- India and its neighbourhood- relations.
- Bilateral, regional and global groupings and agreements involving India and/or affecting India’s interests
Regional Comprehensive Economic Partnership (RCEP)
What to study?
For prelims: RCEP- Key facts and Geographical location of member countries.
For mains: Why is India concerned, gains and losses from this, what India needs to do?
Context: Stakeholders’ Consultations by Department of Commerce on RCEP.
What you need to know about RCEP?
- RCEP is proposed between the ten member states of the Association of Southeast Asian Nations (ASEAN) (Brunei, Burma (Myanmar), Cambodia, Indonesia, Laos, Malaysia, the Philippines, Singapore, Thailand, Vietnam) and the six states with which ASEAN has existing FTAs (Australia, China, India, Japan, South Korea and New Zealand).
- RCEP negotiations were formally launched in November 2012 at the ASEAN Summit in Cambodia.
- Aim: RCEP aims to boost goods trade by eliminating most tariff and non-tariff barriers — a move that is expected to provide the region’s consumers greater choice of quality products at affordable rates. It also seeks to liberalise investment norms and do away with services trade restrictions.
Why has it assumed so much significance in recent times?
When inked, it would become the world’s biggest free trade pact. This is because the 16 nations account for a total GDP of about $50 trillion and house close to 3.5 billion people. India (GDP-PPP worth $9.5 trillion and population of 1.3 billion) and China (GDP-PPP of $23.2 trillion and population of 1.4 billion) together comprise the RCEP’s biggest component in terms of market size.
Why is India concerned?
Greater access to Chinese goods may have impact on the Indian manufacturing sector. India has got massive trade deficit with China. Under these circumstances, India proposed differential market access strategy for China.
There are demands by other RCEP countries for lowering customs duties on a number of products and greater access to the market than India has been willing to provide.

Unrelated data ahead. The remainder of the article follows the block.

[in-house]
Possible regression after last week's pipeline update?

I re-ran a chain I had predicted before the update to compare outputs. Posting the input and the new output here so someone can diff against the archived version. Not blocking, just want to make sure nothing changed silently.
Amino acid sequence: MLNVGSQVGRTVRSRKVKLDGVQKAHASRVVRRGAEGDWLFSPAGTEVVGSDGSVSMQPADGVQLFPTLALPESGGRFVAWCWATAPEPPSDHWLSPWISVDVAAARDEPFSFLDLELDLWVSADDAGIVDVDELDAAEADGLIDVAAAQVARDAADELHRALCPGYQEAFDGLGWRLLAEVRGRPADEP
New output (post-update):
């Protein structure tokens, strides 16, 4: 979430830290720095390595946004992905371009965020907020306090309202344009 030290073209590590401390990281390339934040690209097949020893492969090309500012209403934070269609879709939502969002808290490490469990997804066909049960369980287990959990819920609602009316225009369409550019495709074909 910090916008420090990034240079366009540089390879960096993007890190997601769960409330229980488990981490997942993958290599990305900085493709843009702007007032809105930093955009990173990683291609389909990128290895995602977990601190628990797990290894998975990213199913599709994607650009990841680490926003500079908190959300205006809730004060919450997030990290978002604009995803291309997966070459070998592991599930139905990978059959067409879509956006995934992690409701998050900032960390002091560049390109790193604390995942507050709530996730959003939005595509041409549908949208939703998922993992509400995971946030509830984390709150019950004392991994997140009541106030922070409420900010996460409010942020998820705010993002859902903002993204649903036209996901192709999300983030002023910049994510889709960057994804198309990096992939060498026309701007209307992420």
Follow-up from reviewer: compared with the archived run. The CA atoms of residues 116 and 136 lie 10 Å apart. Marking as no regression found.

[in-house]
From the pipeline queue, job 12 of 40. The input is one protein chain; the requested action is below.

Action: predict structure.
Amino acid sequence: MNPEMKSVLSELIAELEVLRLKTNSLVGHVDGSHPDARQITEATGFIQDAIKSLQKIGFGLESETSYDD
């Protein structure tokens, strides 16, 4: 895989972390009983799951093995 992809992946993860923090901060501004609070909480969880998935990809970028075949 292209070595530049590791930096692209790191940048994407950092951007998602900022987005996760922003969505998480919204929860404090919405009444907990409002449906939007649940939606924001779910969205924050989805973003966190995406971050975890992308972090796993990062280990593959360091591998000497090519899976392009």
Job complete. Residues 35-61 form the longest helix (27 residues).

If India is out of the RCEP, it would make its exports price uncompetitive with other RCEP members’ exports in each RCEP market, and the ensuing export-losses contributing to foreign exchange shortages and the subsequent extent of depreciation of the rupee can only be left to imagination. Some of the sectors that have been identified as potential sources of India’s export growth impulses under RCEP to the tune of approximately $200 billion.
There are more compelling trade and economic reasons for RCEP to become India-led in future, than otherwise. India would get greater market access in other countries not only in terms of goods, but in services and investments also.
However, there are views that in present form the RCEP agreement is not good for India. Why?
- The current account deficit (CAD) touched 8 per cent of GDP, and the agreement in the present state of negotiations would mean forgoing a substantial part of the revenues.
- Greater access to Chinese goods may have impact on the Indian manufacturing sector. India has got massive trade deficit with China. In fiscal year 2017-18, the trade deficit with China was $63 billion.
- Under these circumstances, India proposed differential market access strategy for China.
- Exports from ASEAN into India have grown far quicker than Indian exports to the bloc, which they attribute to the fact that India is a “services economy.”
- There are demands by other RCEP countries for lowering customs duties on a number of products and greater access to the market than India has been willing to provide.
- Apart from China, India is also losing out to financial and technological hub of Singapore, agriculture and dairy majors Australia and New Zealand, plantations of South East Asian countries, and pharmaceutical trade with China and the US.
- With e-commerce as part of the discussion, the Indian resistance at WTO of not letting the discussion on digital trade will weaken.
- The free movement of investments will benefit investors in the US, Singapore, Japan and China, but very few Indians will be taking advantage of this.
- New Delhi is also worried that the RCEP will open backdoor negotiations and may lead to the country losing out on TRIPS agreements. This may result in giving way to global majors in agriculture seed and pharmaceutical manufacturing.
Bilateral talks between India and China are crucial for an early conclusion of RCEP negotaiations as agreed by other members. Indian policymakers need to be mindful of domestic sectors’ concerns before agreeing on terms of deal. Simultaneously, there is a necessity to improve our competitiveness in the economy. India must play its due role to get its due place in the regional economic configurations.